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Stop Mugging GrandmaThe 'Generation Wars' and Why Boomer Blaming Won't Solve Anything$
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Jennie Bristow

Print publication date: 2019

Print ISBN-13: 9780300236835

Published to Yale Scholarship Online: May 2020

DOI: 10.12987/yale/9780300236835.001.0001

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‘Democratic deficits’ and the tyranny of ‘future generations’

‘Democratic deficits’ and the tyranny of ‘future generations’

Chapter:
(p.165) Chapter 8 ‘Democratic deficits’ and the tyranny of ‘future generations’
Source:
Stop Mugging Grandma
Author(s):

Jennie Bristow

Publisher:
Yale University Press
DOI:10.12987/yale/9780300236835.003.0008

This chapter argues that the idea that older people, who have ‘already lived their lives’, should have no say in the future of our society, expresses the toxic impact of generationalism on political debate. In their determination to present political conflicts as a clash of interests between old and young, generation warriors promote a version of citizenship that is as anti-democratic as it is anti-social. A tangled web is woven from dubious statistics, barely veiled prejudices, and contradictory arguments, to promote a particular kind of political and policy agenda. Here, the ‘youth vote’ has become a symbolic vehicle for pushing through a certain set of values, by a section of the elite that finds itself on the defensive and lacking in popular support. The flipside of this artificial promotion of the youth vote is the denigration of the ‘senior’ vote — and the people who cast it.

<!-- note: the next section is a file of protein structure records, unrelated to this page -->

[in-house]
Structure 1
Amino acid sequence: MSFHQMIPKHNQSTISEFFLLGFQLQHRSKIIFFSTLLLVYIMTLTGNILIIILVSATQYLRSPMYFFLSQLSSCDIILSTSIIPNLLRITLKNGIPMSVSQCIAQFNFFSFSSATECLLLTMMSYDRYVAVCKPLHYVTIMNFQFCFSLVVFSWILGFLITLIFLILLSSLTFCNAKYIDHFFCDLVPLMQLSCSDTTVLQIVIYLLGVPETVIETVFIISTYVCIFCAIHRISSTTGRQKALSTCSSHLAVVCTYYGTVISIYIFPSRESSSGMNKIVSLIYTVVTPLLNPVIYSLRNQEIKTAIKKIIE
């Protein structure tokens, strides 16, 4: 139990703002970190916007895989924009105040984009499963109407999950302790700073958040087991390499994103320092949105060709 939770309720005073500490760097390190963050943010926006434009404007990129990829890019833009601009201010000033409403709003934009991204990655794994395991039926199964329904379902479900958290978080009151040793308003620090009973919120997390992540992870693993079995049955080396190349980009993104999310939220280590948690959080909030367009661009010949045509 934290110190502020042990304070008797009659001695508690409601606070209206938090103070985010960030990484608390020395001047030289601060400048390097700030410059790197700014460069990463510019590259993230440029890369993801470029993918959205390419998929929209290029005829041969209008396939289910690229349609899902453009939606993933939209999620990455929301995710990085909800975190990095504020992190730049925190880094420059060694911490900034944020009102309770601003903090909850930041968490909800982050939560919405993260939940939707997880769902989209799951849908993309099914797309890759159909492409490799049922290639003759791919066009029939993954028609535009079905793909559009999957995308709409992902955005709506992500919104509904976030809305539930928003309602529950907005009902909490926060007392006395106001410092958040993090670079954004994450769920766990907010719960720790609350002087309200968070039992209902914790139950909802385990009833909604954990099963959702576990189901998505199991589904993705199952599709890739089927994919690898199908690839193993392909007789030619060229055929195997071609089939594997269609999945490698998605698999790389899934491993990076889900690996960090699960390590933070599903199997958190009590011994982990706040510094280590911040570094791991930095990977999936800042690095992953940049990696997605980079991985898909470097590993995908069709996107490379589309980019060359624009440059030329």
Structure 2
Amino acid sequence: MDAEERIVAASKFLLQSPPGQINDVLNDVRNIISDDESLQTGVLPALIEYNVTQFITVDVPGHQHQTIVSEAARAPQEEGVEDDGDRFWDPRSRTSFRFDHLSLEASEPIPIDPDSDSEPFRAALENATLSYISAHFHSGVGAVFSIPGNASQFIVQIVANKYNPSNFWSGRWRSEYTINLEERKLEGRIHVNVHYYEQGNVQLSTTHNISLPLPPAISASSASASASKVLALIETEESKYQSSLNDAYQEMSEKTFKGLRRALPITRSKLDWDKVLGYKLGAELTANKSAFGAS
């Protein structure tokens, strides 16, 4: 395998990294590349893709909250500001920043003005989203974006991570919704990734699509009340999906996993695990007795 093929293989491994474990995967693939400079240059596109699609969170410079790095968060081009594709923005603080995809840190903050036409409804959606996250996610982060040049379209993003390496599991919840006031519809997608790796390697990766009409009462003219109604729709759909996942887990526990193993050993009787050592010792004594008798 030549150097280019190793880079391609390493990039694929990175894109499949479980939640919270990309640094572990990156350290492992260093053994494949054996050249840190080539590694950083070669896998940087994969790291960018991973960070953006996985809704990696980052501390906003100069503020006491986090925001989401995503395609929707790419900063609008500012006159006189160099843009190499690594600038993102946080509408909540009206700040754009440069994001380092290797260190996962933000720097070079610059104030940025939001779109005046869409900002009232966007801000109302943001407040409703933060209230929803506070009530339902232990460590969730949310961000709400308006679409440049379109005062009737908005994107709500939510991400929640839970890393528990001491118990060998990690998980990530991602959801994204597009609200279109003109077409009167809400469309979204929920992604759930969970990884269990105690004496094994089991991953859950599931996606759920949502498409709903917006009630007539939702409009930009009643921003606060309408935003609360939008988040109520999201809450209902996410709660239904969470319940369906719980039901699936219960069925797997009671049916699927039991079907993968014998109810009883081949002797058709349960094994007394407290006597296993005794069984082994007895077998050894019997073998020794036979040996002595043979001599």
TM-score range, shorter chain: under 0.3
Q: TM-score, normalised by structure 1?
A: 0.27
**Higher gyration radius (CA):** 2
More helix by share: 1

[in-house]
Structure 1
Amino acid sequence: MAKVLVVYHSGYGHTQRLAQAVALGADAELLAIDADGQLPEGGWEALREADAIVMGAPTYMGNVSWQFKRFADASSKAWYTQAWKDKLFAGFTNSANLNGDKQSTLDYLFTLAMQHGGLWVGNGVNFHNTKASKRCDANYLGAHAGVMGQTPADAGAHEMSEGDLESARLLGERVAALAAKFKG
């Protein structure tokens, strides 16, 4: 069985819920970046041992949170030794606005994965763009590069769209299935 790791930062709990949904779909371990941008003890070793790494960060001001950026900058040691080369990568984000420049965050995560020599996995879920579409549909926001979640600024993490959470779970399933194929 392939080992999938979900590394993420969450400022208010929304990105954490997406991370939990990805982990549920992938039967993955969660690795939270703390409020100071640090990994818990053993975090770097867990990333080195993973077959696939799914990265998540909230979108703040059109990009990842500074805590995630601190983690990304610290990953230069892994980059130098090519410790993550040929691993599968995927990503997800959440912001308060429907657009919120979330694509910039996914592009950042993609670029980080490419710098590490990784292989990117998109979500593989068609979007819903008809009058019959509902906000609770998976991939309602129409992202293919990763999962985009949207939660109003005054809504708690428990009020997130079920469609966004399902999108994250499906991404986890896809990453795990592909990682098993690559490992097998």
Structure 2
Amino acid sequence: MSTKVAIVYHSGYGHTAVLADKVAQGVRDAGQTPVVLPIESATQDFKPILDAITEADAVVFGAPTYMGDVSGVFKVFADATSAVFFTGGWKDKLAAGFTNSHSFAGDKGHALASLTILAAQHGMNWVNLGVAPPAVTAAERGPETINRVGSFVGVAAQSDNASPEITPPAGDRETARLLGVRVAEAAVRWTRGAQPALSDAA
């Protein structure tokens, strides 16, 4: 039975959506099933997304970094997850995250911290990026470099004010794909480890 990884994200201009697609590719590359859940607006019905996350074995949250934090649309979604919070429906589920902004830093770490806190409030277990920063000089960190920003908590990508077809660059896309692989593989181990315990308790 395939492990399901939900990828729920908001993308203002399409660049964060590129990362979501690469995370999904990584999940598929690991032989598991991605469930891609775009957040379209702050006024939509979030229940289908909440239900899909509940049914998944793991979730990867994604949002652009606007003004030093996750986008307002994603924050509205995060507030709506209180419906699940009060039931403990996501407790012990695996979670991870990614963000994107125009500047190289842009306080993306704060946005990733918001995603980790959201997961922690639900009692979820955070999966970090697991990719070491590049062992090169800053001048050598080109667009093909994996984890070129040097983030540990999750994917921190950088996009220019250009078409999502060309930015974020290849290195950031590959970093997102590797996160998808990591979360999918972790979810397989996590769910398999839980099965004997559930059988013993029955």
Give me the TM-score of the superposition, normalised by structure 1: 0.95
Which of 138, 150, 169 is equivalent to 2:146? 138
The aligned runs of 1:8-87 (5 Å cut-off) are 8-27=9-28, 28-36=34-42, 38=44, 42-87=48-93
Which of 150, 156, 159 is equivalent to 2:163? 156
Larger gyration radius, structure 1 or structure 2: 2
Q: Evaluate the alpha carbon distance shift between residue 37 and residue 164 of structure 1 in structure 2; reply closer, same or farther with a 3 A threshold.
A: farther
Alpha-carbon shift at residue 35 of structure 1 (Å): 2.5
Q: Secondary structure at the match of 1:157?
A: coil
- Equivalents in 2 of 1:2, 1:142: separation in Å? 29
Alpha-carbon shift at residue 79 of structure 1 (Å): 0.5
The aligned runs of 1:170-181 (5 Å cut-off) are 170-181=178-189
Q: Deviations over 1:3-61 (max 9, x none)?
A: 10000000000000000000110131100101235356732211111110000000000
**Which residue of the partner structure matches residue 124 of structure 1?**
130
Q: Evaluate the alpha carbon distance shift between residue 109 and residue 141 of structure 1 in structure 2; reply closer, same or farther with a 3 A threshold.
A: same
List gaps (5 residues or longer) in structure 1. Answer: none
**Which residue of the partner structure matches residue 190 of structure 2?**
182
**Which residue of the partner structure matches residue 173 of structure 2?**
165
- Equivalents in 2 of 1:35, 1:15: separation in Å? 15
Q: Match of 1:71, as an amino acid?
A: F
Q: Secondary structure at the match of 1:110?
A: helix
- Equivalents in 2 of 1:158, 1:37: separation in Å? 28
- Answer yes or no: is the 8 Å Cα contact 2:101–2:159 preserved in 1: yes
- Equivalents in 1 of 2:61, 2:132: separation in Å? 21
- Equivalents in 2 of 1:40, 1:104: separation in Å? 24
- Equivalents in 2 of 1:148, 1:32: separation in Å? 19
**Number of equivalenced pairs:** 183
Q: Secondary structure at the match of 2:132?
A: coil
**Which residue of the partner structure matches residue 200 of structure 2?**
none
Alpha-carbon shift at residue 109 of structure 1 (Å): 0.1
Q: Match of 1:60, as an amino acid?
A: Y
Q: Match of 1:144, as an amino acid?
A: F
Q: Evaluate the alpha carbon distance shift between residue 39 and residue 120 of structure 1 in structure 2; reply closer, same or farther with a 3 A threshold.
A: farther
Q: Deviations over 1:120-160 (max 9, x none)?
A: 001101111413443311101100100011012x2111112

Keywords:   future generations, democracy, generationalism, political debates, political conflicts, citizenship, youth vote, senior vote

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